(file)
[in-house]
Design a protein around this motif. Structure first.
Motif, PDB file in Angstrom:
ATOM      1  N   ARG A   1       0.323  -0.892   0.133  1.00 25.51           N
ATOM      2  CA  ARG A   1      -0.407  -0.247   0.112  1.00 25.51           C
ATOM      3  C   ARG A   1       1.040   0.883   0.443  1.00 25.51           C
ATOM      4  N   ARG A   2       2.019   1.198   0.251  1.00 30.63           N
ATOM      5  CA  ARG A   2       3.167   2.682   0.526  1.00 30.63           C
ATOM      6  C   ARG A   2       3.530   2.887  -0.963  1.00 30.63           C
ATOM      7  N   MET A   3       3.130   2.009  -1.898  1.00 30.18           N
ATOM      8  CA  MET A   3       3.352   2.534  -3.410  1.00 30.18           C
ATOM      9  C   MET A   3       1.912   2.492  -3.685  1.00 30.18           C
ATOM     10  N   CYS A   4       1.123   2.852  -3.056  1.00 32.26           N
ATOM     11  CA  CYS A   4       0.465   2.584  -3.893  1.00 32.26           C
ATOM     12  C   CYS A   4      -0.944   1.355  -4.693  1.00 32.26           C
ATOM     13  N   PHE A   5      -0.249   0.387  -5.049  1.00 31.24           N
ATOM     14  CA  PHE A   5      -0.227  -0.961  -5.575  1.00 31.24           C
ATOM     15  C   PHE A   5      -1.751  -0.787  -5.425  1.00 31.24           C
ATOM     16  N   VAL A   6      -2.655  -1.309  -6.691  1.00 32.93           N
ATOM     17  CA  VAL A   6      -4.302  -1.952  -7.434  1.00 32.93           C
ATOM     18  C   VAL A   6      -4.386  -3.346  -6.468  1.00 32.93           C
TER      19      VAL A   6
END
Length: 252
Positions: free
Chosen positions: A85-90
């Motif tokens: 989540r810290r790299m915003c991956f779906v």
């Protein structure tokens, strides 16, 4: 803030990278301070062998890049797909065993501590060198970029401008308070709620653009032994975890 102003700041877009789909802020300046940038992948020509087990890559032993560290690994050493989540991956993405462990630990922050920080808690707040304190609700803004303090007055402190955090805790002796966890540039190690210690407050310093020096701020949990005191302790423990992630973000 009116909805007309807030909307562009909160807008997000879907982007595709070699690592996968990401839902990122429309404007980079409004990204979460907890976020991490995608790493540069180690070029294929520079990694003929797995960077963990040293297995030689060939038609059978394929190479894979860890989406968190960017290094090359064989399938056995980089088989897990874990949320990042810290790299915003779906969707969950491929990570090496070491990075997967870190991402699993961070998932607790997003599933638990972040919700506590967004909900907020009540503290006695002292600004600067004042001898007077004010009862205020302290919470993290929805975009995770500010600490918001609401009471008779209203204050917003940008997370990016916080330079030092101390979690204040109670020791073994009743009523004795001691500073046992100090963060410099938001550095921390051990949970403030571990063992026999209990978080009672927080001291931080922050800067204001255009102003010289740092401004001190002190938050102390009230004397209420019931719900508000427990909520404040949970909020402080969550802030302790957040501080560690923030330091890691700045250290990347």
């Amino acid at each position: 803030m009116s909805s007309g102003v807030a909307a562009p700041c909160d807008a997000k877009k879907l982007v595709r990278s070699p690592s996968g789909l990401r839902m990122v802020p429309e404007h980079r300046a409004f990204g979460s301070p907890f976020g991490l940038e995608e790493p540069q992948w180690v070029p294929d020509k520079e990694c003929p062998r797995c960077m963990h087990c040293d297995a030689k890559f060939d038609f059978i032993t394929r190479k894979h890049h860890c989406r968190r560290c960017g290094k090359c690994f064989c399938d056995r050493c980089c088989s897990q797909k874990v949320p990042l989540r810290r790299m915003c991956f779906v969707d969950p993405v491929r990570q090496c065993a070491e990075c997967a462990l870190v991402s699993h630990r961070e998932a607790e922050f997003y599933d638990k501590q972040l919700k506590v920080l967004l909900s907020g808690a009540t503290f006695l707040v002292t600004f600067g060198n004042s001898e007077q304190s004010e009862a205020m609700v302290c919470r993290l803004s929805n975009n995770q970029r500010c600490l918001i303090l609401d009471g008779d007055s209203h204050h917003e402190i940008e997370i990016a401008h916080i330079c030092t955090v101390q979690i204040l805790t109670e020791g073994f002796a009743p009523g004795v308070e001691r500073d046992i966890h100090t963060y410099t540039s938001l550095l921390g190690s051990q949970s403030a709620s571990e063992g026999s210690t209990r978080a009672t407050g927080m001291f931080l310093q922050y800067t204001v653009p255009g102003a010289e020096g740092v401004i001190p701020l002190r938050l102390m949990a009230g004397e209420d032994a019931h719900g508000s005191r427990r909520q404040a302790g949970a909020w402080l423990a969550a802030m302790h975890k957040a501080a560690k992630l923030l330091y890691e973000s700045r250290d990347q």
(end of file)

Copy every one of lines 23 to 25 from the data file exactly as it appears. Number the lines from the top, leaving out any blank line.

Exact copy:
END
Length: 252
Positions: free